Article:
There’s absolutely no data to support claims that private schools are necessarily better than public schools. That’s a myth. In particular, there is little data on private schools that serve low-income students. Unlike public schools, private schools are under no requirement to release information on test scores, expulsions, drop-outs, attendance, and so forth.

There are excellent private schools, but also excellent public schools. For example, Rufus King High School in Milwaukee is widely considered the best high school in Wisconsin, public or private. And it’s a public school that doesn’t charge tuition and doesn’t have academic entrance requirements.

It must also be remembered that there has always been a hierarchy among private schools. Elite private schools, especially at the high school level, not only cost more but are very selective. Some elite private schools cost $10,000 or more a year — out of the price range of all but the very affluent.

Most voucher proposals talks of a figure of roughly $3,000. But what happens to the parent who wants to send their child to a school that charges two or three times that amount? The answer is simple: the parents don’t get to “choose” that school.

Even in private schools that serve low-income parents, there is a screening process. The parents are those who are especially persistent and aggressive in pursuing a quality education for their children — potentially the same parents who might ensure an excellent education for their children from a public school.

I have a child in middle school right now, and I don’t want that child to be a martyr to the noble cause of public schools. The only way I can send my child to a private school, where she will have a safer environment, is if I get help from vouchers.

We have a lot of sympathy for such parents, and find it hard to fault them for doing what they think is best for their child. But we have little sympathy with those who advocate vouchers as anything more than a temporary solution for some people and who instead claim it is the answer to our education problems.

Further, it’s not at all clear that parents would get a better school through a voucher system. In the long run, those with more money will be able to supplement that voucher and go to a more elite school, and those without any additional money will be forced to choose a less expensive and probably inferior school.

Because there never has been a full-blown voucher program, we don’t really know what would happen to parental choice or to the quality of private schools under a voucher approach. What would happen, for example, if private schools accepted all students with vouchers? Wouldn’t the nature of the school change if it is open to all?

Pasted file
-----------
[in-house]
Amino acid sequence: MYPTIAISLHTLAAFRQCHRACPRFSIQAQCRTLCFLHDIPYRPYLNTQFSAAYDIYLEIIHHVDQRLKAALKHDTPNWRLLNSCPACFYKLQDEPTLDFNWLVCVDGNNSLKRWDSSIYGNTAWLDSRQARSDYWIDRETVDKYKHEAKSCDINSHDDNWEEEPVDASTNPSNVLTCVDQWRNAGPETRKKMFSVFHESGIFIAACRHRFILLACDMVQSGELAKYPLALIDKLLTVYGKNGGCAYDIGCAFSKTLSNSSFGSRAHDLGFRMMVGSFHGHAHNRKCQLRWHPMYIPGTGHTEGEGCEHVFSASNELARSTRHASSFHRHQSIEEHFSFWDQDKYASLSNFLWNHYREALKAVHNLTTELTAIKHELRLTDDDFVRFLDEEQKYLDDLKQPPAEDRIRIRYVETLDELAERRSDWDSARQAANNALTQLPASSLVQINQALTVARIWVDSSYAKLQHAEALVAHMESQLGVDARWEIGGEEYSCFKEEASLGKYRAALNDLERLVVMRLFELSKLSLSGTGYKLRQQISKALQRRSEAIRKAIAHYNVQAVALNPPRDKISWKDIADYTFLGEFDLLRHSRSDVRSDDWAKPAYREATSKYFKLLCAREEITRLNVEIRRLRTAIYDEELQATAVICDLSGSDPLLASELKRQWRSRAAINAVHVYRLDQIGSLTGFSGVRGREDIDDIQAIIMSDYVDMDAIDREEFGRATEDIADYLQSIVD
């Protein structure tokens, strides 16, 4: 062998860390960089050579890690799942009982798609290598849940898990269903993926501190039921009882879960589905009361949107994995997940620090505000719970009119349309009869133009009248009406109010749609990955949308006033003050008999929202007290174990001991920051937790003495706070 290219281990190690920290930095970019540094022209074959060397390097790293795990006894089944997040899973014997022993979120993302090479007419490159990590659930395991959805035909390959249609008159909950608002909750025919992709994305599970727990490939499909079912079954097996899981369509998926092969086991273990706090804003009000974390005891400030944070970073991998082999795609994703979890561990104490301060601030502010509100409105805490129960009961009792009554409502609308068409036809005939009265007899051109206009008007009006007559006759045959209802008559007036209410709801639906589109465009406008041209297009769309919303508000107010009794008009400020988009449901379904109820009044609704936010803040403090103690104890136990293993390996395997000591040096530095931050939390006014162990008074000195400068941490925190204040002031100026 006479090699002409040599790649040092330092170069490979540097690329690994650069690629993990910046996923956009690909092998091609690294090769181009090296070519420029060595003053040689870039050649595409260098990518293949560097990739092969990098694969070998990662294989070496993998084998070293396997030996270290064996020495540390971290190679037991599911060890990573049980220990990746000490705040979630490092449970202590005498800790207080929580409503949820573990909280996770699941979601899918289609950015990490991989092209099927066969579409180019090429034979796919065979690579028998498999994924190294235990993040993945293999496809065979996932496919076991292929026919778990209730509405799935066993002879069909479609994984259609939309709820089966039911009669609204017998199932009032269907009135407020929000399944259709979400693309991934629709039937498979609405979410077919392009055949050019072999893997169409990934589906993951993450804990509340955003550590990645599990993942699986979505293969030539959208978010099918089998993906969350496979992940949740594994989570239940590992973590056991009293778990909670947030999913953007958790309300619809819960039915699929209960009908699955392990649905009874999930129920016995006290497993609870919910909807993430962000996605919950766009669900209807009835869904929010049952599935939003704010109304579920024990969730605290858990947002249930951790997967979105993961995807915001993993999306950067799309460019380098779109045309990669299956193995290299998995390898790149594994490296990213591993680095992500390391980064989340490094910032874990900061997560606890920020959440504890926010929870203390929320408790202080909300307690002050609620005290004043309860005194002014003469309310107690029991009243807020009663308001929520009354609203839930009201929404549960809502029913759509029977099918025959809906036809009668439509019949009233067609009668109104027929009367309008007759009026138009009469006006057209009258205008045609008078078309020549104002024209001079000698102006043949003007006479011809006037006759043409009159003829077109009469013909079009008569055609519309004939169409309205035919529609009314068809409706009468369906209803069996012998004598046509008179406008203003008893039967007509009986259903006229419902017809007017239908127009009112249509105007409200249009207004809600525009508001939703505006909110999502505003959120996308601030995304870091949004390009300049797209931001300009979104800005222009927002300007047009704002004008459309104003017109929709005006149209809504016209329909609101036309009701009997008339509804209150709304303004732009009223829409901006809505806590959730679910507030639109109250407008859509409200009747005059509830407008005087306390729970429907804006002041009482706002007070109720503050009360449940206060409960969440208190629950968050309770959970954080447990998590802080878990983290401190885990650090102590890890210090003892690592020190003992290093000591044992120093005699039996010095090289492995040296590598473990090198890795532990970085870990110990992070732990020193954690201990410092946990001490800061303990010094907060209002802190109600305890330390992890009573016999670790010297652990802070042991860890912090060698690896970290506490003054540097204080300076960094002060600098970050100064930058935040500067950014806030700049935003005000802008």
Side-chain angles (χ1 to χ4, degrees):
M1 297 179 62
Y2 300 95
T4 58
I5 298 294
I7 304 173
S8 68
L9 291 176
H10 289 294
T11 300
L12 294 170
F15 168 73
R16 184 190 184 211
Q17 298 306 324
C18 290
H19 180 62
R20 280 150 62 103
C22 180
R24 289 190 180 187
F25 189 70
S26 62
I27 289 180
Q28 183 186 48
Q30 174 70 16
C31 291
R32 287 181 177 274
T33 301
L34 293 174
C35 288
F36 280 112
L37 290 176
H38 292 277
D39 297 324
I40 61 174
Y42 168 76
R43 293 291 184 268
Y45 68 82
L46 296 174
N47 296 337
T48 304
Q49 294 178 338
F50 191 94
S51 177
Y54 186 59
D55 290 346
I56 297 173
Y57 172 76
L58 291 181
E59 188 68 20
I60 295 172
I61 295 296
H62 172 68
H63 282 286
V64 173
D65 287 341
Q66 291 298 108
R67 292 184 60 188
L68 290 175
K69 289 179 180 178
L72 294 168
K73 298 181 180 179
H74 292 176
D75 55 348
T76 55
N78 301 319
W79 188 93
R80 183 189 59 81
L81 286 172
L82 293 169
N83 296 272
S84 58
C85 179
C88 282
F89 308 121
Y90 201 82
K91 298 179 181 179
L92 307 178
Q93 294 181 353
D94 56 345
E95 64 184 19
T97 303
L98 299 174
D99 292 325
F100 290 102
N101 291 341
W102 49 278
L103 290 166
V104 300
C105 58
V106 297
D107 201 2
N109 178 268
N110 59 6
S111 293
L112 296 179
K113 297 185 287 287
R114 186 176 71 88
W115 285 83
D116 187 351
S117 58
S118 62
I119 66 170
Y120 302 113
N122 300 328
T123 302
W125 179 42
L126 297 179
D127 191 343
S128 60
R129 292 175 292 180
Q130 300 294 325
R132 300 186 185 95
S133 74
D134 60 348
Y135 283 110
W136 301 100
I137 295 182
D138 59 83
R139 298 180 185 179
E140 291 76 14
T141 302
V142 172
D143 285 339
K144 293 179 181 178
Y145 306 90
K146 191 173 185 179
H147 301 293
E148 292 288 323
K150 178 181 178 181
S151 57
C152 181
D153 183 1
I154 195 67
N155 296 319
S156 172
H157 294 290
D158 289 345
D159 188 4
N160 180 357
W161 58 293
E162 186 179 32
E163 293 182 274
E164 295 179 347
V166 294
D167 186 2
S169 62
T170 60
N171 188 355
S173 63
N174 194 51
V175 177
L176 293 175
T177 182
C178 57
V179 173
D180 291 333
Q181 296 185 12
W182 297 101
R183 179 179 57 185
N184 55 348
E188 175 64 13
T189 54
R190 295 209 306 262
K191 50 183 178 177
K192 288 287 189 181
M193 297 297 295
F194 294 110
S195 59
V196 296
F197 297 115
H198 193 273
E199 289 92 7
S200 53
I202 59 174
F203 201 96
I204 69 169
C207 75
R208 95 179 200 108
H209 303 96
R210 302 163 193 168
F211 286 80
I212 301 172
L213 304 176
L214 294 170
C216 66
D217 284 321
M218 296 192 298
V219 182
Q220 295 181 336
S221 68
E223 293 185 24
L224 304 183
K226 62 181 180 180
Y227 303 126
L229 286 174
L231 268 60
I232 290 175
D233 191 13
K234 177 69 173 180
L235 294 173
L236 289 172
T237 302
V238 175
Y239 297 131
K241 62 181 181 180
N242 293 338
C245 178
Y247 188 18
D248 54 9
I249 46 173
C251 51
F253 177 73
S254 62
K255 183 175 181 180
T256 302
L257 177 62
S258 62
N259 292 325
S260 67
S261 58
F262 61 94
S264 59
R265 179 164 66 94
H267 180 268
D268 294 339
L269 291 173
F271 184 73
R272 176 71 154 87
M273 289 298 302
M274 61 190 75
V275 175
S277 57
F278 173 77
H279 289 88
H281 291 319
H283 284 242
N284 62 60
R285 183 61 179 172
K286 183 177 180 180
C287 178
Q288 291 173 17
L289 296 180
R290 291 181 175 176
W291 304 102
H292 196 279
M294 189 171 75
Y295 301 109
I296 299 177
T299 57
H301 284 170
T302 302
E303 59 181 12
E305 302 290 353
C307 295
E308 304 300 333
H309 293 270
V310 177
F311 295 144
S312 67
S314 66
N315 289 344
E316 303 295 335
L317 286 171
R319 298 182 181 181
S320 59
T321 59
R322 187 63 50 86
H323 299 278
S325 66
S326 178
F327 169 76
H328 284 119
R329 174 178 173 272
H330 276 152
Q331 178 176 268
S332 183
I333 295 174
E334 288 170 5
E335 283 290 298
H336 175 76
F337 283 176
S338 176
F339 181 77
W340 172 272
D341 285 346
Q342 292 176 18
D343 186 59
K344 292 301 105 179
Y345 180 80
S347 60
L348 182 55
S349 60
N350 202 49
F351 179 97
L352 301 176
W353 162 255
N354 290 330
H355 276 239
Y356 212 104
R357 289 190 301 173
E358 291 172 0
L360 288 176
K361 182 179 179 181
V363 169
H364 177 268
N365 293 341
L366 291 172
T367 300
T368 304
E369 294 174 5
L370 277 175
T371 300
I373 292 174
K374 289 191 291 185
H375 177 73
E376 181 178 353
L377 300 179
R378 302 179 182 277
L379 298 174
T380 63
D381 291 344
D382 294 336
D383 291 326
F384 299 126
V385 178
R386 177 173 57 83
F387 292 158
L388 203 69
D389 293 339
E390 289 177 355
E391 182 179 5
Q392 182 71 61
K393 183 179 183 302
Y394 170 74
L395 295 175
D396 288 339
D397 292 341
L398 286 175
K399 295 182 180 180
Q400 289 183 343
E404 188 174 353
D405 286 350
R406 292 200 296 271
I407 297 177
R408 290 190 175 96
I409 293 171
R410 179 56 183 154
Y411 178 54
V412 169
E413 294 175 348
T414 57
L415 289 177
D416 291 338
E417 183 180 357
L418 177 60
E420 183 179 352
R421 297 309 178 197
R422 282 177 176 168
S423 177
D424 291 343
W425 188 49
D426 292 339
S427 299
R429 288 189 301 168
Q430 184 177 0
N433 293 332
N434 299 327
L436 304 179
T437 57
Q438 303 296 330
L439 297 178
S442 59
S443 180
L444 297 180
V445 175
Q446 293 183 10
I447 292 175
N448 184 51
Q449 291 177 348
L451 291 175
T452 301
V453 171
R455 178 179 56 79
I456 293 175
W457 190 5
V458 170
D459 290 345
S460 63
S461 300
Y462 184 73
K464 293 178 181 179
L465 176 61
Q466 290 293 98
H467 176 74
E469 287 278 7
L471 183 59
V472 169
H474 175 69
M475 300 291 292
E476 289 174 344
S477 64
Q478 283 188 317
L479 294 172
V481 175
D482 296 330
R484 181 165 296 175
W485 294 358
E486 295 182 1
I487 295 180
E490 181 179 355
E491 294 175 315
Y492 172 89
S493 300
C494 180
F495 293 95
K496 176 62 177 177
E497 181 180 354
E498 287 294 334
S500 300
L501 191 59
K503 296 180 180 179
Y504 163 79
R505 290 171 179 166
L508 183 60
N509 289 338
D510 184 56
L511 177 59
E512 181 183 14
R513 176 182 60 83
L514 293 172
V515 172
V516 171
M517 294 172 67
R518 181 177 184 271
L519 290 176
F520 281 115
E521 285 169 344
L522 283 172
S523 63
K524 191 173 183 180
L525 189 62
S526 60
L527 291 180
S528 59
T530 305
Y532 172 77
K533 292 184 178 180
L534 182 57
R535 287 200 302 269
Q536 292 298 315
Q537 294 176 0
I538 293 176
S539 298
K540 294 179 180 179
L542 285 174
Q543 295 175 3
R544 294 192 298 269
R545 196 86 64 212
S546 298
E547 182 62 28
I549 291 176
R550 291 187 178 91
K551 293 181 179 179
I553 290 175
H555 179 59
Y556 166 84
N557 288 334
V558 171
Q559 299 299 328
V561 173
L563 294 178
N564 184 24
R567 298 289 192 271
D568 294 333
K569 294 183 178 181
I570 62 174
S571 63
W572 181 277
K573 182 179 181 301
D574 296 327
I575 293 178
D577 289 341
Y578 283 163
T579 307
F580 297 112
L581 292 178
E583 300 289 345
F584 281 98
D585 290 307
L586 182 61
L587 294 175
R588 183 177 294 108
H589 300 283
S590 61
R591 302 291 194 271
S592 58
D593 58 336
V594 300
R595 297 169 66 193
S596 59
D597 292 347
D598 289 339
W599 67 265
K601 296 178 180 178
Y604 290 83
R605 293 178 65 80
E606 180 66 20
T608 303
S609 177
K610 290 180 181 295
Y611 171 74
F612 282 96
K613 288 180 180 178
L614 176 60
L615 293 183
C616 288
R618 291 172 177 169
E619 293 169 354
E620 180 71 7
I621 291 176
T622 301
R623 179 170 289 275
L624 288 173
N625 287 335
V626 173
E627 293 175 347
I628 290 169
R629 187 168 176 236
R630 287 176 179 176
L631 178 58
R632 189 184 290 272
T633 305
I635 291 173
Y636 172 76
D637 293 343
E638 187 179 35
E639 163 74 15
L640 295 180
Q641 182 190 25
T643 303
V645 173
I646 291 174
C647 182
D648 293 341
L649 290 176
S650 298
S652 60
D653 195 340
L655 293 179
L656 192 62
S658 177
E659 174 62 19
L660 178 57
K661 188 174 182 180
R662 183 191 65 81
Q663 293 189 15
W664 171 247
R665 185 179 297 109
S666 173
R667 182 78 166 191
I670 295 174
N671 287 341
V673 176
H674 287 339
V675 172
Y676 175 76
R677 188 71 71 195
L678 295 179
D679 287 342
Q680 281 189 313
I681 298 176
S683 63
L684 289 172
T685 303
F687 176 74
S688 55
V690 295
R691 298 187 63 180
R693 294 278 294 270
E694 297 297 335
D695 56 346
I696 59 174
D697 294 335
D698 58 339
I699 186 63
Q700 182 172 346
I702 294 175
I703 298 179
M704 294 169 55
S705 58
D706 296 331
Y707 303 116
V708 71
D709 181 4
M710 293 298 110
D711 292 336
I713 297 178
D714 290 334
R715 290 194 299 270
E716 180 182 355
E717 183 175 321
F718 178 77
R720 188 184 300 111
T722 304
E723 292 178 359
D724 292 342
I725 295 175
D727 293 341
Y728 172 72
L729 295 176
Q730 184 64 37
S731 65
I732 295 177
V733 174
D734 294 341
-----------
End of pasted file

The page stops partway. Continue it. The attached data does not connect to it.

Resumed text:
What we do know is that a voucher system would allow public schools to decay further, and so choices in the public system would be additionally limited. What’s more, the possibility for democratic discussion of what is best for all our children would virtually disappear under a voucher system.

Some of your arguments don’t apply to the Milwaukee Choice program, which must accept students regardless of their academic qualifications and which must accept the voucher as full payment for tuition.

There are vast differences between the experimental Milwaukee program, which has some protections built into it and affects less than 1,000 students, and the longterm goals of voucher advocates. Those with the money bankrolling voucher efforts have made it clear they want vouchers for all, not just low-income students. And they don’t want restrictions on a private school’s ability to reject students.

Even within the limited nature of the Milwaukee program, there are problems. First, there’s no evidence that students have improved academically. Second, while the schools cannot reject students based on their academic background, there’s no requirement to keep the students if they don’t meet academic requirements or if their parents don’t meet requirements such as participating in fund-raisers. Third, individual private schools are not accountable to the public. Private schools, for instance, do not have to abide by Open Meetings and Records laws, or publicly release their drop-out rates, test scores or financial audits.

Academic accountability standards for schools in the Milwaukee program are minimal. The only assurances are that participating schools must operate as a private school and meet only one of the following standards:

  • At least 70% of the students advance one grade level each year.
  • The average attendance rate for students is at least 90%.
  • At least 80% of students demonstrate significant academic progress, as determined by the school.
  • At least 70% of the families of students meet parent involvement criteria as established by the school, which may be as little as signing a student’s report card.

The Milwaukee program has been supported by a range of people, including many genuinely concerned with the education of minority children. But the true powers behind the Milwaukee program have a much larger goal of complete privatization based on a marketplace approach. And under a marketplace approach, those with more money and resources always come out ahead. In the marketplace, you get what you pay for.

Those with more money can pay more — and thus will more.